One complaint that annoys me is when people say that politicians aren't "ordinary people". They're trapped in a "Westminster bubble", detached from "ordinary people's problems". Who the heck is an ordinary person when they're at home? Do they just sit around the house, oozing ordinariness? I assume that what people who say this actually mean is that politicians live in London or that they spend most of their time working in Westminster. These seem like pretty weak critiques. Lots of ostensibly ordinary people live in London, or Westminster for that matter, without being tarred with the sort of disdainful brush that politicians find themselves on the end of. And, when it comes down to it, I'd actually prefer the people who write our laws and represent us at the highest level to have the time to be able to do it properly and to have some experience in the Commons so that they know how to do their job. Once again, the criticism levelled at politicians just isn't fair.

What I wouldn't want to do is pretend that people aren't justified in some of their complaints about politics. There are areas where the system is broken and in need of change. People aren't just making a fuss about nothing. The problems partly stem from the negativity of the electorate but they also stem in part from politics itself. Here are four key reasons why I think people are justifiably upset:
  1. There's a lack of truly local representatives. This corrodes trust in local MPs. When politicians like Boris Johnson parachute into a constituency because they want to further their career and they've spotted a safe seat people feel betrayed. They feel taken for granted and dis-empowered. This could be fixed by parties insisting that candidates must have been resident in the area they want to represent for at 10 years before they can stand. MPs must have at least some roots in their constituency.
  2. Politicians have broken their word too frequently. Few things are more damaging than a broken promise. Politicians have often been too quick to make pledges which are quickly disregarded or downgraded when in office. There needs to be more serious thought given to how realistic promises may be to keep before they get made in the first place.
  3. There's a lack of trust in politicians to register expenses honestly. The 2009 expenses scandal is still a sore point for a lot of voters. Yet, even more recently, politicians have been caught seeming to exploit the system. Tessa Munt revealed on Question Time recently that 281 MPs earned a combined £7.4m in the last year from taking second jobs. The Spectator masterfully showed how the general public's resentment on this issue can sometimes be misplaced. Nevertheless, there's too much greed and too little passion for public service amongst some MPs.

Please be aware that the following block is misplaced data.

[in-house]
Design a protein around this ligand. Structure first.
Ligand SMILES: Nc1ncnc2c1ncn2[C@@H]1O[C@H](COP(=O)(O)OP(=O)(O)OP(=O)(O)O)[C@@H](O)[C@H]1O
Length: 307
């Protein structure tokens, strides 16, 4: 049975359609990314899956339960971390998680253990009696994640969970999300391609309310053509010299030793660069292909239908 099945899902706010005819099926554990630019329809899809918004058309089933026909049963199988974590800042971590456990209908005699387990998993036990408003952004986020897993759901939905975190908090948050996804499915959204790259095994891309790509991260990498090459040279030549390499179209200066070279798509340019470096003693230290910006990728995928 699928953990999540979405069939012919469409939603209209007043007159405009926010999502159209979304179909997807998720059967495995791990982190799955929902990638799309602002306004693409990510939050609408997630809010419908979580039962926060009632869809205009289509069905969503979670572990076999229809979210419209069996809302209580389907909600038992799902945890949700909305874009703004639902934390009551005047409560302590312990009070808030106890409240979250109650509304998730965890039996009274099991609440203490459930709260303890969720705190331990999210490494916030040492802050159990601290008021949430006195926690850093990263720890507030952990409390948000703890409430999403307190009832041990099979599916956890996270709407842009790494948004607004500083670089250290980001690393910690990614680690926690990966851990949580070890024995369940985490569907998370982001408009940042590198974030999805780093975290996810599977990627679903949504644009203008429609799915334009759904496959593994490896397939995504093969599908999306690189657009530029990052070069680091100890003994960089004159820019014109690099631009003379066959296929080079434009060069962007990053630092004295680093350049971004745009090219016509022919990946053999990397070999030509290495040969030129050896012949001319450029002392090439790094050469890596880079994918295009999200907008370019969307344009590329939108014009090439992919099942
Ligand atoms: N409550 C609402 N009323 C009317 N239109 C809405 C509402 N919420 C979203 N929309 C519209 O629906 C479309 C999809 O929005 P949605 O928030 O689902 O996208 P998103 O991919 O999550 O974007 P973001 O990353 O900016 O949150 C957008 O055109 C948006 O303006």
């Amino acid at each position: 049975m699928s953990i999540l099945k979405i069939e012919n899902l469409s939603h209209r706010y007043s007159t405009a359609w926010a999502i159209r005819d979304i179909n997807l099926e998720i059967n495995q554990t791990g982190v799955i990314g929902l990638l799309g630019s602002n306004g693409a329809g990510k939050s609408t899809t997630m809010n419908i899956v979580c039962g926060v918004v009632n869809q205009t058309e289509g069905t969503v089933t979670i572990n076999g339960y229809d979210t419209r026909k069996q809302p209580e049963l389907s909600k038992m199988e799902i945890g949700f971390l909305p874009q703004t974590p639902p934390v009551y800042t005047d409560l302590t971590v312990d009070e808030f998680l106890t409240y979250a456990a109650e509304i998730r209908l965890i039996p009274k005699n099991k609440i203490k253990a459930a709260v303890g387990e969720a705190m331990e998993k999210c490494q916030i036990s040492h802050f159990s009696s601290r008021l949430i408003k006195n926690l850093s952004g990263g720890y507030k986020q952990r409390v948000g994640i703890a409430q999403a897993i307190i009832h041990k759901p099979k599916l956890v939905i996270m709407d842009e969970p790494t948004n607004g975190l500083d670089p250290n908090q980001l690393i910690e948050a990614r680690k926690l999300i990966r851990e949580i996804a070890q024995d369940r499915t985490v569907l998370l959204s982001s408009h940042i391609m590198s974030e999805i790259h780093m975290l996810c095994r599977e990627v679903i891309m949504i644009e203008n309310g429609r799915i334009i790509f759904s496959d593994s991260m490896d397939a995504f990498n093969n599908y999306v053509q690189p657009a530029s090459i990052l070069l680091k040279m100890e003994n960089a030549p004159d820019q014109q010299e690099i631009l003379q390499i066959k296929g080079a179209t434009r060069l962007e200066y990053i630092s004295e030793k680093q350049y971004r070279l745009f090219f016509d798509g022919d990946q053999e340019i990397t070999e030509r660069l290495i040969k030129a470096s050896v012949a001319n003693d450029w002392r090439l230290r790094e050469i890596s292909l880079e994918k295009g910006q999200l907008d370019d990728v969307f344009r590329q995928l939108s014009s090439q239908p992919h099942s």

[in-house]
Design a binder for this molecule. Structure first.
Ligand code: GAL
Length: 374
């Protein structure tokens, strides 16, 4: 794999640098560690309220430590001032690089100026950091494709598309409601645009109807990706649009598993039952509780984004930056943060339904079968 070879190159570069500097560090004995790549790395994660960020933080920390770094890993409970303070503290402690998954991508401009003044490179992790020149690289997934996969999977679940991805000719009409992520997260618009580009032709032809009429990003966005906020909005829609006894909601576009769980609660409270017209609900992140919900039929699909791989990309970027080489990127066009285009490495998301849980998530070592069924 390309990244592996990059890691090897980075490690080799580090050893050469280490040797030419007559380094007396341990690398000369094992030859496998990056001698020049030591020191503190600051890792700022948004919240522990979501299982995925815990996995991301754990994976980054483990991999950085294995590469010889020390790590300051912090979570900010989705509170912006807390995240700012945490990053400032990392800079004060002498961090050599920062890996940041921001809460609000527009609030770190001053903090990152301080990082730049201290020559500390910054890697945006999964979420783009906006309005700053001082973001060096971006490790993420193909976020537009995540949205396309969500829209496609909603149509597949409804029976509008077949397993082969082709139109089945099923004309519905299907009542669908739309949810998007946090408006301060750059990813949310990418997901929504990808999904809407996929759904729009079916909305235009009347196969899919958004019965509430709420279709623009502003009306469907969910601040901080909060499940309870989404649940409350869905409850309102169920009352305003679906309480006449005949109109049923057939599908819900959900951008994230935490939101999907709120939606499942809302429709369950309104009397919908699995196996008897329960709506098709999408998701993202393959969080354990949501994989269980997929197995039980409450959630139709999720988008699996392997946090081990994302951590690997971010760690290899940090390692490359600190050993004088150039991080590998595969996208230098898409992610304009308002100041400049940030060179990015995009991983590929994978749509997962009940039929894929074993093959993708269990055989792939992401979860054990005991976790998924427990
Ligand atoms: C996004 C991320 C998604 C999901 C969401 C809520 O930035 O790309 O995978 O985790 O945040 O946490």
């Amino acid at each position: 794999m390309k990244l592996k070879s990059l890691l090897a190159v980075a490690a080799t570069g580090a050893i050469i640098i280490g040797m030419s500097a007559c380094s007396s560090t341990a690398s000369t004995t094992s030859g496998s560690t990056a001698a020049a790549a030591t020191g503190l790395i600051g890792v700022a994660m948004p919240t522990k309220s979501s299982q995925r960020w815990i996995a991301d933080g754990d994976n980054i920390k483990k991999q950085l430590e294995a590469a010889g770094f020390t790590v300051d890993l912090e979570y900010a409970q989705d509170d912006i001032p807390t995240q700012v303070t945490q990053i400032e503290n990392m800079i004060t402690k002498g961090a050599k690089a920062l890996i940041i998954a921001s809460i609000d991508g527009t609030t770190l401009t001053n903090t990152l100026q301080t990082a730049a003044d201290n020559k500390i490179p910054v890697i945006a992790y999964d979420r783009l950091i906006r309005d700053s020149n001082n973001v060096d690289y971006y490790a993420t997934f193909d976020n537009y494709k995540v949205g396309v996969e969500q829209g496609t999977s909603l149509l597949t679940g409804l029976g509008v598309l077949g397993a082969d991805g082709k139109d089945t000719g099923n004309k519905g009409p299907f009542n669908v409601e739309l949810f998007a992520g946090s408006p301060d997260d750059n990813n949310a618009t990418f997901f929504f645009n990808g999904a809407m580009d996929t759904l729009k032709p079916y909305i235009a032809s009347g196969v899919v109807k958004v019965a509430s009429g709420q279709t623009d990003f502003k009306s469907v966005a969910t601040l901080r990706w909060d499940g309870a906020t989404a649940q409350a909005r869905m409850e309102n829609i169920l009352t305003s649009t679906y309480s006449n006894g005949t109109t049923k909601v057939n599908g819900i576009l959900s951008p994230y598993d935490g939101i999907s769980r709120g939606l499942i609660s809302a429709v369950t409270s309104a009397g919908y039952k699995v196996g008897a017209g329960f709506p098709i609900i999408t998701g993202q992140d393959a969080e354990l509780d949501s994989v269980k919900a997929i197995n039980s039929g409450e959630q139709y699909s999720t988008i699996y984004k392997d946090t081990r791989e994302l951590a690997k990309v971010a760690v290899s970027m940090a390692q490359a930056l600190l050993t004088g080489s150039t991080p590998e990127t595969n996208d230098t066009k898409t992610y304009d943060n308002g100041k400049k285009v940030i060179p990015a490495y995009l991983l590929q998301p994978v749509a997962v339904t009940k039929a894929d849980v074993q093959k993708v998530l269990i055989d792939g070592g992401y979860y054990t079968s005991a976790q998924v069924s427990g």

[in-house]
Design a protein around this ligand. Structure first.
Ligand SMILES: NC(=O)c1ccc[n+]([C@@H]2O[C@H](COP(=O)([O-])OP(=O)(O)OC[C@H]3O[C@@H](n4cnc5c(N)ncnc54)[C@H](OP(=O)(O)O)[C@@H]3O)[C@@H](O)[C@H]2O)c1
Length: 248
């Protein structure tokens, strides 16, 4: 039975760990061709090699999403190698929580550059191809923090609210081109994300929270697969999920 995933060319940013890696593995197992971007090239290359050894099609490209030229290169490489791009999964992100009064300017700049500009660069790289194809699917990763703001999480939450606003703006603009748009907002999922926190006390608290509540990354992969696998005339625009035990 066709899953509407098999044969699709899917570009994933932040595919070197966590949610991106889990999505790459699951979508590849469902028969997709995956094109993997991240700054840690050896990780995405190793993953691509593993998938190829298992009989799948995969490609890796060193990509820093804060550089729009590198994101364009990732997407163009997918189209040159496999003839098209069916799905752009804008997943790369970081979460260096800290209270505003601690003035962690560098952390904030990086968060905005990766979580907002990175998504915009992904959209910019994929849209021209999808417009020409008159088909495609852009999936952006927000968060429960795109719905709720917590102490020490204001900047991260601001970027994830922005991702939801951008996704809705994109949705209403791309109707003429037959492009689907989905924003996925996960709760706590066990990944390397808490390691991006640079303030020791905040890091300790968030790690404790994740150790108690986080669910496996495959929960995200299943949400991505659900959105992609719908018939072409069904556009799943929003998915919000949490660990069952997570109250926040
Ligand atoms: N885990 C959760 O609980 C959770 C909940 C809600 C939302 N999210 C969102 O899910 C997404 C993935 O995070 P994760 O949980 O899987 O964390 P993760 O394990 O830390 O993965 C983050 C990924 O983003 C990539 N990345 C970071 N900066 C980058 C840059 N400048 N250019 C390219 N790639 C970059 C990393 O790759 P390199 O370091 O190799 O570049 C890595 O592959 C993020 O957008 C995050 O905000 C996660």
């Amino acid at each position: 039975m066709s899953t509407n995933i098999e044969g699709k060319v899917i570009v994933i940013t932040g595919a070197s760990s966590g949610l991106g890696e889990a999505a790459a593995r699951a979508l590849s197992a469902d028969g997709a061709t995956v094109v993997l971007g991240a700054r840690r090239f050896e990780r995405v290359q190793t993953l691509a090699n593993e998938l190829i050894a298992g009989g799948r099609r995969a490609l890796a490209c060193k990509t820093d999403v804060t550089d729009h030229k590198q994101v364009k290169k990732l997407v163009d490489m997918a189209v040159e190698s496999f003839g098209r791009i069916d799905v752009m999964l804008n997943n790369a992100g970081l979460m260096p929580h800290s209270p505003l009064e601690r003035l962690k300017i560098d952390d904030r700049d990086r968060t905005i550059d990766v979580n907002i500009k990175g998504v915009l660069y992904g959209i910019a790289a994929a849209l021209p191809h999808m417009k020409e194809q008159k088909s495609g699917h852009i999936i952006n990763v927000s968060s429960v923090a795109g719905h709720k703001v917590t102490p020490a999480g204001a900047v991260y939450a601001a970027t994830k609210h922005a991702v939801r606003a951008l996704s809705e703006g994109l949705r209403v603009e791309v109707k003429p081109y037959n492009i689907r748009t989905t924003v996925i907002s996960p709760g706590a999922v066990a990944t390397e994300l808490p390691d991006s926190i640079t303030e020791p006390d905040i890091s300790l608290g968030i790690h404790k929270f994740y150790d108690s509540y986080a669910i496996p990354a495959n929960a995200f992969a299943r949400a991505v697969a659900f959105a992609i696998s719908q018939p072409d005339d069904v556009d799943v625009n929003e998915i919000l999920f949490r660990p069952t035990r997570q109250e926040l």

4. We have a broken electoral system. At the last election the Liberal Democrats gained more than 850,000 votes and still lost five seats. The Conservatives gained 2,000,000 votes and won an extra 100 seats. There's a fundamental injustice about the first-past-the-post system wherein more than half of the electorate's votes, including a disproportionate number for smaller parties, effectively get thrown in the bin. If we want to rebuild trust in politics then we probably need a new voting system that better reflects people's choices.
For the Christian, no matter how valid the complaints are, there's a deeper principle which is supposed to undergird our attitude towards politicians. Exodus 22:28 forbids the cursing of a leader and Romans 13:7 invokes Christians to "show honour and respect to them all". The meaning's clear enough: you don't have to like your leaders, you don't have to agree with them, you don't have to vote for them - but you do have to honour them. All too often, the words spoken against politicians have tended towards cheap insults. We're allowed to take issue with what politicians say, and do it forcefully. Let's never allow our opinions to stray into disrespect.

In summary, politics may have its issues but we also need to recognise the frailties and errors in our own judgements towards politicians. We've got to adopt a different approach if our criticisms to mean something. We owe it to ourselves to be specific in our complaints: I have an issue with this politician because... Otherwise, politicians can afford to ignore our feelings because they have no substance. Anyone can throw an insult. Look into the issue. Be informed. And be involved.

Part I: If You're Looking for Problems, Look in the Mirror